that will get apepealed in eithr direction. we have learned a lot about how google manages the play store. at one point considering buying epic to shut down this x competition. as more evidence comes to light, the regulators in the united states are taking a hard lack and there are those bills in congress, they seem like they're moving along slowly, there is quite a lot happening otherwise to distract the government now those bills are on track so i think i don't know in what order a verdict, the google lawsuit congress, congressional action will take place, but it is happening and i think fundamentally this is good for these companies, good for apple and google the way for them to win is to start to compete again, providing services to developers. >> it is so interesting as we wait for these dominos to fall as you put it, and one of those bills in congress, one of those bipartisan bills has a lot of pieces that this south korean law has.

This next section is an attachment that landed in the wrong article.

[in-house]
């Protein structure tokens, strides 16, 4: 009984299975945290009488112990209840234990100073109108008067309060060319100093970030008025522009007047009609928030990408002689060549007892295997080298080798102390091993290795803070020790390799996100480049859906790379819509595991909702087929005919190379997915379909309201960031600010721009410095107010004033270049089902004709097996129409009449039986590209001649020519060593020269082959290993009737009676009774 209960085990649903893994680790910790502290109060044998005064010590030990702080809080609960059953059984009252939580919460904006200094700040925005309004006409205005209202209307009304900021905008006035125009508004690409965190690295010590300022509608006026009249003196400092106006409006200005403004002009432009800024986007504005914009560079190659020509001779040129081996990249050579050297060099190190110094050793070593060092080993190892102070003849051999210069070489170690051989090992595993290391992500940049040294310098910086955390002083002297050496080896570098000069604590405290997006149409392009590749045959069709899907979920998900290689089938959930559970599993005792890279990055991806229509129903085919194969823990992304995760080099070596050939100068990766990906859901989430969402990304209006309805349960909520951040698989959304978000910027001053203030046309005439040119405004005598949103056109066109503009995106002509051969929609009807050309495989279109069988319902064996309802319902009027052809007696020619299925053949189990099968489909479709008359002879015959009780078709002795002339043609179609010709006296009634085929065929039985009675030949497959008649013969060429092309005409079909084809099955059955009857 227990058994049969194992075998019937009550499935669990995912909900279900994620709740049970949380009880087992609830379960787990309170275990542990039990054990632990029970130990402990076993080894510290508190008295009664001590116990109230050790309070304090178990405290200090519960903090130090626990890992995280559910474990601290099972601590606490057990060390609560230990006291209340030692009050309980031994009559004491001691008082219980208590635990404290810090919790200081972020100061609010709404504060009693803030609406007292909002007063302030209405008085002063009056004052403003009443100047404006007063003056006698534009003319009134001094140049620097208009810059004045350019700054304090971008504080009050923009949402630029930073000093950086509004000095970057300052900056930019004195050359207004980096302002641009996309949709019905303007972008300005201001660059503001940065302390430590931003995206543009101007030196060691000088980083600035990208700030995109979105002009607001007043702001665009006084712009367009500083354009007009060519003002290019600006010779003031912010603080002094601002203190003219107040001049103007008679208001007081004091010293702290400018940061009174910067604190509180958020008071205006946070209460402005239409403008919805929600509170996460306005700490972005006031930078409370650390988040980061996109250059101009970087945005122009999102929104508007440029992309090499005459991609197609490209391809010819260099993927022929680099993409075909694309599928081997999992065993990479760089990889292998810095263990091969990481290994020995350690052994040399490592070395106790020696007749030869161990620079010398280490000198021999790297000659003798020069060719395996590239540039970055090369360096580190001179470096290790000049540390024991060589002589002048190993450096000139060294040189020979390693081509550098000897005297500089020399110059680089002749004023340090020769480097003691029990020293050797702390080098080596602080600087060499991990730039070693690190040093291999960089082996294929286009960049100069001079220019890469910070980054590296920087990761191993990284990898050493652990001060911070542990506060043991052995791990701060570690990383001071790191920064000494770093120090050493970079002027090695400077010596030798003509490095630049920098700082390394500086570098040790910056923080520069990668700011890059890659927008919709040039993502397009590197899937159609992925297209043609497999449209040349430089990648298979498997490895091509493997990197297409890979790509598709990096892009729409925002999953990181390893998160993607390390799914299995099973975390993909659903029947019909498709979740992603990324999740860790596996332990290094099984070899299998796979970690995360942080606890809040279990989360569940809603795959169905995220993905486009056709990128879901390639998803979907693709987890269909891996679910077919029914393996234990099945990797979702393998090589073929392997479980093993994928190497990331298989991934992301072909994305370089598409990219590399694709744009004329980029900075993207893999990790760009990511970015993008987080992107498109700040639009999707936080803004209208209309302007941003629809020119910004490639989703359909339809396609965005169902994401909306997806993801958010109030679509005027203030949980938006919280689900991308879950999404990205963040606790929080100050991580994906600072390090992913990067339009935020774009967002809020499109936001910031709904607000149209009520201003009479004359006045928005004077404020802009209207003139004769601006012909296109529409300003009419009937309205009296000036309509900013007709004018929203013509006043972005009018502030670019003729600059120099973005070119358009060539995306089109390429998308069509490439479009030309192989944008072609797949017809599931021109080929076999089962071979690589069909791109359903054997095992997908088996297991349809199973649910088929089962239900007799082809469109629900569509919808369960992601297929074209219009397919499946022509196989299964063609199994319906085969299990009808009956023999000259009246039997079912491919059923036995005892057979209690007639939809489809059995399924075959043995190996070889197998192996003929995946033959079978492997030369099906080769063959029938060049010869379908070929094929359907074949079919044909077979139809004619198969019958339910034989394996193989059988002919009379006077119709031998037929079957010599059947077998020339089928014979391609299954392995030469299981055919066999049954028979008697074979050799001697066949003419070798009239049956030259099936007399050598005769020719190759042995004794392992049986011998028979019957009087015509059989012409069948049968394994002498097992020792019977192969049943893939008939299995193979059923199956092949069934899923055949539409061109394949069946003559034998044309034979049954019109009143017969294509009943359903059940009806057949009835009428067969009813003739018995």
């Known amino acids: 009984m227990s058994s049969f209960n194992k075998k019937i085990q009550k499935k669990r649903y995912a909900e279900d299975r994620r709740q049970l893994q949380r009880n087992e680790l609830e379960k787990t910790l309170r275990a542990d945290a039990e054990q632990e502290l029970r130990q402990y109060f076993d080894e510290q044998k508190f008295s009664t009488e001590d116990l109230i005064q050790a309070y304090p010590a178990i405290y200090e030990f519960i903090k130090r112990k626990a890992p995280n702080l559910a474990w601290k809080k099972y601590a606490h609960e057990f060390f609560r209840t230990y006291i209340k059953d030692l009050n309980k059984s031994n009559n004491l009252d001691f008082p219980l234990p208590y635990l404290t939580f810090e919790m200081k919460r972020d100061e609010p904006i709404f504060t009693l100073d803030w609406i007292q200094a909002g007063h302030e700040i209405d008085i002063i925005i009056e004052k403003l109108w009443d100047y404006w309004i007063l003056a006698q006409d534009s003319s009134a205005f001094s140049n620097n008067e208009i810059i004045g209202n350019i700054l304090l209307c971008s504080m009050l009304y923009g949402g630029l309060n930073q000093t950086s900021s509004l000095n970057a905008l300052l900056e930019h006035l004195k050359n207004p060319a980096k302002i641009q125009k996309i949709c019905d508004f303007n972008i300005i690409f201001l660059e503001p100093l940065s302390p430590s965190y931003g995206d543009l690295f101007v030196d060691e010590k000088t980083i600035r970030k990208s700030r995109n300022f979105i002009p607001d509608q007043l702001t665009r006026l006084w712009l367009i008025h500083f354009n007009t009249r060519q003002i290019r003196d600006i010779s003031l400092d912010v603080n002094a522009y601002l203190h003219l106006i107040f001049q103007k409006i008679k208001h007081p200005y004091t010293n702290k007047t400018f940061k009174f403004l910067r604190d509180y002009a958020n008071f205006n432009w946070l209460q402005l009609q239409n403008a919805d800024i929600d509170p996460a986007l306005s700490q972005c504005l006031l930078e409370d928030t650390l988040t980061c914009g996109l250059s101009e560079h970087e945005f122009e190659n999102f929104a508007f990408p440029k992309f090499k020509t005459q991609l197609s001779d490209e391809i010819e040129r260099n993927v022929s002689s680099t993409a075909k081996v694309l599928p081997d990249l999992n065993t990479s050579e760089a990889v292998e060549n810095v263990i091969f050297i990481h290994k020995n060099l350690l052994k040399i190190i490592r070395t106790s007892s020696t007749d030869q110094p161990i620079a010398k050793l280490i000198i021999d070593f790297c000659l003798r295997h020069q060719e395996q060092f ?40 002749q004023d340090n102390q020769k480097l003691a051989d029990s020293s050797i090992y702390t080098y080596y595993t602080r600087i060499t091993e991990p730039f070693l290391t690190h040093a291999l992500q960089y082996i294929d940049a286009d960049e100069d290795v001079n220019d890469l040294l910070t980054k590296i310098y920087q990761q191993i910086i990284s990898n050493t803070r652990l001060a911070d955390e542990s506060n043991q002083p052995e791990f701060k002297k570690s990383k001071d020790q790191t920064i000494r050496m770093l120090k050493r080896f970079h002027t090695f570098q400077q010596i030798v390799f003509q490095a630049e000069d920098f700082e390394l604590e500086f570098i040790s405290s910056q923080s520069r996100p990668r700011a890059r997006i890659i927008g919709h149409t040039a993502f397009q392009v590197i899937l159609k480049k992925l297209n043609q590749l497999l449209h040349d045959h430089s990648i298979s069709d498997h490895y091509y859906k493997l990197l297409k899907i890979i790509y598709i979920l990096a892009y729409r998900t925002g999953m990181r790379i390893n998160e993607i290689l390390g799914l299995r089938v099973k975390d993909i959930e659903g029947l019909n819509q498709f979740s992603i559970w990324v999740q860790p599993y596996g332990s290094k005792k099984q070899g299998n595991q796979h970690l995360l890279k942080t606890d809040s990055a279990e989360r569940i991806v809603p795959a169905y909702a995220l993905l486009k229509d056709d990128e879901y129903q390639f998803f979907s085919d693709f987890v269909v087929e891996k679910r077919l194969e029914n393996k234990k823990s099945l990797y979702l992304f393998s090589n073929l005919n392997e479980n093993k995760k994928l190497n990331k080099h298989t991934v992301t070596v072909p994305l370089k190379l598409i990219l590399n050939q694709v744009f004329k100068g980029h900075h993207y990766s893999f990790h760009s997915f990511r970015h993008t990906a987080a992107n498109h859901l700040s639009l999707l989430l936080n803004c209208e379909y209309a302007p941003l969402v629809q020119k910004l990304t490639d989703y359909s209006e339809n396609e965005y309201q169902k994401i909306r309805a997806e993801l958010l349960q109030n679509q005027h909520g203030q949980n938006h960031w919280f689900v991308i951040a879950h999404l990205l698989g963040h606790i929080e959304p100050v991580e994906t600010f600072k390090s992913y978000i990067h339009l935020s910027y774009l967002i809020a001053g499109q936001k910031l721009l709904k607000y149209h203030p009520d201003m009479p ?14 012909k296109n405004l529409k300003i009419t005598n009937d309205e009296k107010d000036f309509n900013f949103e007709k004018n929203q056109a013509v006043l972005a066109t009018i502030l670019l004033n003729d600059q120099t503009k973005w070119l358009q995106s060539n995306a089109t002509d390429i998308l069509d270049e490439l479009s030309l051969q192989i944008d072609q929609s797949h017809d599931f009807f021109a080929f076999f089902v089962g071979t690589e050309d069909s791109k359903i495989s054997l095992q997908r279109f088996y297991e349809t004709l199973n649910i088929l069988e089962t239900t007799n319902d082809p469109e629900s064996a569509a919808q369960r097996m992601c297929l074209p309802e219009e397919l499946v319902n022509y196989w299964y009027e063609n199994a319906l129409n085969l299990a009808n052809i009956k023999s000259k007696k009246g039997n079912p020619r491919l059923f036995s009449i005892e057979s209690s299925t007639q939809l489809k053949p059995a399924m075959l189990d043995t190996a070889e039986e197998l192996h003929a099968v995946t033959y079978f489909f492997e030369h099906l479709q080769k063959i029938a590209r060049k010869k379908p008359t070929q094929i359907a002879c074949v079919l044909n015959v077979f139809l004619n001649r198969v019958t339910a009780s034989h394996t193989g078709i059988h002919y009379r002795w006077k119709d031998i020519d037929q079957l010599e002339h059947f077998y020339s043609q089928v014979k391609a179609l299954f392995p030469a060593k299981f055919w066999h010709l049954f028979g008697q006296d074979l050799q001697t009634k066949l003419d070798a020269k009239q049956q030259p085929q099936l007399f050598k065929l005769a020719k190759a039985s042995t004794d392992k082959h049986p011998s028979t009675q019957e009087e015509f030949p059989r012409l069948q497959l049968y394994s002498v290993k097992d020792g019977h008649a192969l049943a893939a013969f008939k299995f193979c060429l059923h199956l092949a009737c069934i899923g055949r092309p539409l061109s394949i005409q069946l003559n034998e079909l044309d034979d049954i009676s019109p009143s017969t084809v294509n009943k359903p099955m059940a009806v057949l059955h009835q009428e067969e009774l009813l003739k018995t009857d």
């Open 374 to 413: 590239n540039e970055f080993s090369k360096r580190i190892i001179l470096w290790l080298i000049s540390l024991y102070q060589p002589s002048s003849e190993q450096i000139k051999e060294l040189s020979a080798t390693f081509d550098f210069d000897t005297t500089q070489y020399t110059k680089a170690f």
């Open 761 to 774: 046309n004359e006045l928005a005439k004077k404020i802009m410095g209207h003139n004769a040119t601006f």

i think it is worth noting that that is in play here when you say this is going to help apple and google, i wonder what you mean by that in terms of competition and how you see them reacting, maybe proactively, as they await more of those dominos to fall we saw apple through the settlement and the class action suit last week do you expect apple and google to make more concessions ahead of more legislative action >> i don't know if that settlement was a concession at all. i think it is emblematic of the steps apple thinks it can take versus the steps it should take. apple put out a press release, they're settlinging the lawsuit. i think you're seeing with developers in particular just a rising swell of antipathy toward apple and google if they don't have great developers who want to build great experiences for the apps, the phones turn into shopping